Are you getting the right pension tax relief?

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visual studio buy Are you getting the right pension tax relief?

Pension tax relief

Hundreds of thousands of people could be missing out on their full pension tax relief, according to to a recent survey by a pension provider. The survey found that many higher rate taxpayers are failing to claim back more than the basic rate, effectively handing up to £229 million a year to the Treasury, and severely curtailing their retirement income.



Tax relief explained

All pension contributions qualify for tax relief. In theory this means that all contributions should be tax-free, either by virtue of being paid before income tax and NI contributions in a workplace scheme, or rebated by HMRC. In effect, this means a £100 contribution only costs £80 for a basic rate taxpayer.

Income from pensions is taxable just like any other. Tax relief is designed to a) prevent ‘double dipping’ on behalf of HMRC – taxing money that has already been taxed – and b) encouraging us to save for retirement by front-loading the relief.

Under an occupational or public service pension scheme your employer should make contributions before any tax or NI contributions i.e. pre-tax. The problem lies with personal pensions, and workplace schemes that behave as personal pensions – stakeholder schemes and Group Personal Pensions – where contributions are made post-tax and relief is claimed by the pension provider.

In this situation, the pension provider will automatically claim back at the basic rate of 20%. If you’re a higher rate tax payer, you need to take positive action – filling out a self-assessment form, or speaking to HMRC – to ensure you get your full entitlement.

The difference for a 40% taxpayer is a £100 contribution costing £80 at basic rate, or £60 with the full entitlement. When a relatively modest retirement income of £18,100 per annum rests on savings of £490,000, that’s a difference that really adds up.



One in four missing out

According to the survey by Prudential, a quarter of higher rate taxpayers on money purchase pension schemes are failing to claim their full tax relief entitlement. Although they only surveyed a small sample of 302 respondents, when extrapolated this amounts to more than 180,000 taxpayers missing out on a combined £229 million from their pensions. Even worse, this means paying tax twice on the same income.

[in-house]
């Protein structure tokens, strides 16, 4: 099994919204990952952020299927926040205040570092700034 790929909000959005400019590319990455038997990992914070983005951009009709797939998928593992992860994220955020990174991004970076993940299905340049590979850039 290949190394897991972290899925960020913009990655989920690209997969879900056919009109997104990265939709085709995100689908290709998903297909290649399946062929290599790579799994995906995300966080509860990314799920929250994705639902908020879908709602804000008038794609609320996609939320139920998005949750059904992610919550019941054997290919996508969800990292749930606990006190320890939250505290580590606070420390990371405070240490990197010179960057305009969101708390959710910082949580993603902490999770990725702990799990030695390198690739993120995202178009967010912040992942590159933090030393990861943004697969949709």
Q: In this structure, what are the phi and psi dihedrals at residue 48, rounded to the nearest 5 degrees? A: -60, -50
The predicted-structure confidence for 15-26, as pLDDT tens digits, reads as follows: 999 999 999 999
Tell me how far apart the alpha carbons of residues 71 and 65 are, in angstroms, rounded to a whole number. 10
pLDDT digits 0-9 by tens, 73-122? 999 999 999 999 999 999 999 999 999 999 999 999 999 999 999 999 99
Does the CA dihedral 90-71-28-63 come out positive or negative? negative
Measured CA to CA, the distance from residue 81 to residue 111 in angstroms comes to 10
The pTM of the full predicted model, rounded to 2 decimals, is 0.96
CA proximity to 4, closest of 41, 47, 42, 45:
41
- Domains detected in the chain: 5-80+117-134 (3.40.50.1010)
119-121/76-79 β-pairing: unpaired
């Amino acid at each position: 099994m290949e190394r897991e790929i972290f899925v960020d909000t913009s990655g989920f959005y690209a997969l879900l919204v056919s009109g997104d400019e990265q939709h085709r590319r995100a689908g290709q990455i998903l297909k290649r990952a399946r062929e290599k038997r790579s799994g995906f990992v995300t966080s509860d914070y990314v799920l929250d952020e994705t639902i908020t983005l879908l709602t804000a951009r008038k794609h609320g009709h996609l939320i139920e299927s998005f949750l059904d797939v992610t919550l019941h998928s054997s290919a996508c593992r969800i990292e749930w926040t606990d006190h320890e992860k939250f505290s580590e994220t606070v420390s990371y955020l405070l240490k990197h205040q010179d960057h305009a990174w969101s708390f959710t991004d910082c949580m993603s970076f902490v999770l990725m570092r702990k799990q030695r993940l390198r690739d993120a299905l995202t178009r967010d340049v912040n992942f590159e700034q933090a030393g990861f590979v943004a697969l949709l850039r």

And with 15% of respondents not even sure what type of pension scheme they were on – and so unsure of whether they were missing out on tax relief or not – the figures could be much higher.


How to claim relief

With Labour touting a flat rate 30% tax relief on all pension contributions – regardless of income – or even lower for higher rate taxpayers, and the party currently ahead in the polls, it’s more important than ever to ensure you’re getting the relief you’re entitled to under the current system while you can.

The first thing any saver should do is find out what kind of scheme they are on. It could be that you are on a scheme that pays into your pension pre-tax, and you needn’t worry. However, if you aren’t and are only attracting 20% tax relief you need to take action.

Higher rate tax relief can either be claimed back by filling out a self-assessment tax return or calling HMRC each year. Tax relief claims can be backdated. You can claim back unclaimed tax relief dating back to the 2011/12 tax year.

Top rate taxpayers – those earning over £150,000 and paying the top 45% rate of tax – can only claim back their full entitlement by filling out a self-assessment.

As of the 2011-12 financial year, pension tax relief is subject to a £50,000 annual allowance, which has since reduced to £40,000 in 2014/15 tax year. Any contributions above this allowance are taxable.

With life expectancy increasing, and the cost of care growing alongside, maximising your pension pot is essential for maintaining even a modest lifestyle in retirement. Part of that is ensuring you get the maximum you’re entitled to in tax relief.


Sarah Willis is a freelance finance and business writer working out of Brighton.

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